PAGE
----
The core of the spending bill is formed by the 12 annual agency appropriations bills passed by Congress each year. It fills in the details of a bipartisan framework from July that delivered about $100 billion in agency spending increases over the coming two years instead of automatic spending cuts that would have sharply slashed the Pentagon and domestic agencies.

The increase in the tobacco purchasing age to 21 also applies to e-cigarettes and vaping devices and gained momentum after Senate Majority Leader Mitch McConnell signed on.

Other add-ons include a variety of provisions sought by business and labor interests and their lobbyists in Washington.

For business, there’s a seven-year extension of the charter of the Export-Import Bank, which helps finance transactions benefiting U.S. exporters, as well as a renewal of the government’s terrorism risk insurance program. The financially troubled government flood insurance program would be extended through September, as would several visa programs for both skilled and seasonal workers.

Labor won repeal of the so-called Cadillac tax, a 40% tax on high-cost employer health plans, which was originally intended to curb rapidly growing health care spending. But it disproportionately affected high-end plans won under union contracts, and Democratic labor allies had previously succeeded in temporary repeals.

Democrats controlling the House won increased funding for early childhood education and a variety of other domestic programs. They also won higher Medicaid funding for the cash-poor government of Puerto Rico, which is struggling to recover from hurricane devastation and a resulting economic downturn.

While Republicans touted defense hikes and Democrats reeled off numerous increases for domestic programs, most of the provisions of the spending bill enjoy bipartisan support, including increases for medical research, combating the opioid epidemic, Head Start, and childcare grants to states.

Democrats also secured $425 million for states to upgrade their election systems, and they boosted the U.S. Census budget $1.4 billion above Trump’s request. They won smaller increases for the Environmental Protection Agency, renewable energy programs and affordable housing.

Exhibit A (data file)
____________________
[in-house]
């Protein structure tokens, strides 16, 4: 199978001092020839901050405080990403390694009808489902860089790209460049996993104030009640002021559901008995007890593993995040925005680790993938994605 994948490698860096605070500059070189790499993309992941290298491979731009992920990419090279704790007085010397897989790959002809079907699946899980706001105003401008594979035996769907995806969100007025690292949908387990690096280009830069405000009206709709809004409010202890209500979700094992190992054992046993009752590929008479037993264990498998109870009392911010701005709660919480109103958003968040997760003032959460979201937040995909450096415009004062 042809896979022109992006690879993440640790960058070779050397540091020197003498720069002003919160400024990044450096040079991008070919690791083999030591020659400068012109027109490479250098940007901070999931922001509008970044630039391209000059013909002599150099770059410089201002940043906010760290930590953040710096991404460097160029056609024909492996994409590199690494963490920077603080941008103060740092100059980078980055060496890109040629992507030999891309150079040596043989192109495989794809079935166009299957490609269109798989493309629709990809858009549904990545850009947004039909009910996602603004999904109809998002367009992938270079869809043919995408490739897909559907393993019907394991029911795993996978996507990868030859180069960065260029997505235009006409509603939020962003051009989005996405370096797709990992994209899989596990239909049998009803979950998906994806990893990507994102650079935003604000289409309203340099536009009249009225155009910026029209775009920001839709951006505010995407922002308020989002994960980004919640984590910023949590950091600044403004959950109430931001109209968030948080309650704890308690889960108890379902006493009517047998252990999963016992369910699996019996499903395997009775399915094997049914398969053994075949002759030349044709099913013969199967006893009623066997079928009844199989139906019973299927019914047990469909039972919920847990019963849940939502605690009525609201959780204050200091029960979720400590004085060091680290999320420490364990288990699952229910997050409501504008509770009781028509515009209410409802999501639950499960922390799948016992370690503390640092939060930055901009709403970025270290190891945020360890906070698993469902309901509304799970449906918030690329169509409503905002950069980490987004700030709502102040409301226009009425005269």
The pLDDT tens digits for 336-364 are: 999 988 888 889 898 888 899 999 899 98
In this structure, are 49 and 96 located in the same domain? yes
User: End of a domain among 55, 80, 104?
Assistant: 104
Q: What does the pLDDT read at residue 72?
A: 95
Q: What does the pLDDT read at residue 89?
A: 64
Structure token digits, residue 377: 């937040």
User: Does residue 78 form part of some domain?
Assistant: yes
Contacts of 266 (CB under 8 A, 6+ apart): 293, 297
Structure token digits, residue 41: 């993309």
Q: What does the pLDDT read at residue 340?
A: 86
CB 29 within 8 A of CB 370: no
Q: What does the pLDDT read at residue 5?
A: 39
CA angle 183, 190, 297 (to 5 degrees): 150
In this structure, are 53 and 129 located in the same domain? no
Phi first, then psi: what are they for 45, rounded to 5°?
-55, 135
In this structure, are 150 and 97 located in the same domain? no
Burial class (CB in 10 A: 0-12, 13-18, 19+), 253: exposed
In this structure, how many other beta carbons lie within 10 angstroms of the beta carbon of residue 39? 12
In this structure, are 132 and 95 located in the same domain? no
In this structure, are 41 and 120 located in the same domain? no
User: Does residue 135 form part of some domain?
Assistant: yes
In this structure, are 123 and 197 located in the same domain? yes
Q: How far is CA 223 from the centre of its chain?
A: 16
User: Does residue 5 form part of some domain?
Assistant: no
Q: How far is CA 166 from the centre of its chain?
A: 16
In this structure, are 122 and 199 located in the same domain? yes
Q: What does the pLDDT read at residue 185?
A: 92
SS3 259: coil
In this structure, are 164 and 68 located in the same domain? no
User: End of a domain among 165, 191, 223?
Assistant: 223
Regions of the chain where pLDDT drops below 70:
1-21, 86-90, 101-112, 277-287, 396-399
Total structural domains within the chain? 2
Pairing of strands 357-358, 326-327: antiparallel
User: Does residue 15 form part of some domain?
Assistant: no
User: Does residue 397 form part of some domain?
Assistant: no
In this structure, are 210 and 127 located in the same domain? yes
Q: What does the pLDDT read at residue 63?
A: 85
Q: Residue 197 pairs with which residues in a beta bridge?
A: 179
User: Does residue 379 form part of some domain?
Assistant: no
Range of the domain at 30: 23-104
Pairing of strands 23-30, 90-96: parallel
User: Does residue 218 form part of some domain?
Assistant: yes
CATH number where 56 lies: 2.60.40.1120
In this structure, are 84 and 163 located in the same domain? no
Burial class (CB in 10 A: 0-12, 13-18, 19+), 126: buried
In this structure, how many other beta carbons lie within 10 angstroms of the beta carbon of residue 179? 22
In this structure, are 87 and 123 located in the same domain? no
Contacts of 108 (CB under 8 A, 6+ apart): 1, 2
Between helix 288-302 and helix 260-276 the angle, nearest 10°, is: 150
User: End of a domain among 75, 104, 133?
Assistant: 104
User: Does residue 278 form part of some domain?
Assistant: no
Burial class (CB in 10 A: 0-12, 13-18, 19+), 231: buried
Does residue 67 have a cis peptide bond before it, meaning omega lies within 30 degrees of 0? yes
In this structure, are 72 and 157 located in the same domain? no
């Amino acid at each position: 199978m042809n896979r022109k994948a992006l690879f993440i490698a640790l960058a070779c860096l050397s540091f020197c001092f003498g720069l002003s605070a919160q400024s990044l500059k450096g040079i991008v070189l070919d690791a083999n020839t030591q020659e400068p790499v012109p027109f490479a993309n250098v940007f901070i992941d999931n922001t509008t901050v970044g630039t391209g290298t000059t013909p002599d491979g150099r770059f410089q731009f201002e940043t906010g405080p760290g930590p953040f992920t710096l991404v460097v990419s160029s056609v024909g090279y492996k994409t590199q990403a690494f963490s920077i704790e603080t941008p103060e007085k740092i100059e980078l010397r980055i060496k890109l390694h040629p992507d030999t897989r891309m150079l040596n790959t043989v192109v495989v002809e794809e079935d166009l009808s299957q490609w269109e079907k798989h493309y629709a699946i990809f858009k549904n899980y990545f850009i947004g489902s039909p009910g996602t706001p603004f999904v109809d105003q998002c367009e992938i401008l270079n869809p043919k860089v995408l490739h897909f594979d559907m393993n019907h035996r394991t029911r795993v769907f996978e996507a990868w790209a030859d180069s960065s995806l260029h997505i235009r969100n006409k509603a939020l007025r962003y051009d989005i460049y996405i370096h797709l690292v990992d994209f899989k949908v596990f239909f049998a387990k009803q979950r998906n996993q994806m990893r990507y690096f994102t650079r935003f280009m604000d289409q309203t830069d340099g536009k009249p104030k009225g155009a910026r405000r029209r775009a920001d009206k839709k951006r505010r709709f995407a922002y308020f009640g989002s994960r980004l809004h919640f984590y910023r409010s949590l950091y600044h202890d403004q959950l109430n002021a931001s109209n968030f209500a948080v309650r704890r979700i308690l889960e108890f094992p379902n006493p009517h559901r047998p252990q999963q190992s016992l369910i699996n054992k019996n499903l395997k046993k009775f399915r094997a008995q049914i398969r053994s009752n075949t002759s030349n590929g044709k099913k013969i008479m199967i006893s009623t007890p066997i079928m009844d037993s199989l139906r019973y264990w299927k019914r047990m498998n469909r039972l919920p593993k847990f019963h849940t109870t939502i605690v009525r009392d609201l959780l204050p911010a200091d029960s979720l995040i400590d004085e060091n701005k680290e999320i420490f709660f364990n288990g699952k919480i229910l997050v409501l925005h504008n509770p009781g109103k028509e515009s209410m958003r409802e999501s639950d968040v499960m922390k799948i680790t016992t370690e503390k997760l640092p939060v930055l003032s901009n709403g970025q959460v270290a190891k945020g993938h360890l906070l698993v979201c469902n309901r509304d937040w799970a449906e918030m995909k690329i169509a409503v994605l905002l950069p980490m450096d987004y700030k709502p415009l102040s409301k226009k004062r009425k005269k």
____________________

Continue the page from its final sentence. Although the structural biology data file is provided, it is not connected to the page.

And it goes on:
“I am so proud that we are able to do so much good for children and families across the country and around the world,” said House Appropriations Committee Chairwoman Nita Lowey, D-N.Y.

The outcome in the latest chapter in the longstanding battle over Trump’s border wall awards Trump with $1.4 billion for new barriers — equal to last year’s appropriation — while preserving Trump’s ability to use his budget powers to tap other accounts for several times that amount. That’s a blow for liberal opponents of the wall but an acceptable trade-off for pragmatic-minded Democrats who wanted to gain $27 billion in increases for domestic programs and avert the threat of simply funding the government on autopilot.

“Many members of the CHC will vote against it,” said Congressional Hispanic Caucus Chairman Joaquin Castro, D-Texas. “It’s true that there are a lot of good things and Democratic victories in the spending agreement. I think everybody appreciates those. What members of the Hispanic Caucus are concerned with is the wall money, the high level of detention beds, and most of all with the ability of the president to transfer money both to wall and to detention beds in the future.”

The bill also extends a longstanding freeze on lawmakers’ pay despite behind-the-scenes efforts this spring to revive a cost of living hike approved years ago but shelved during the Obama administration.

Because dozens of Democrats oppose the border wall, Pelosi paired money for the Department of Homeland Security with the almost $700 billion Pentagon budget, which won more than enough GOP votes to offset Democratic defections.

The coal miners’ pension provision, opposed by House GOP conservatives like Minority Leader Kevin McCarthy, R-Calif., had the backing of Trump and powerful Senate GOP Leader McConnell in addition to Democrats like Pelosi and Sen. Joe Manchin of West Virginia.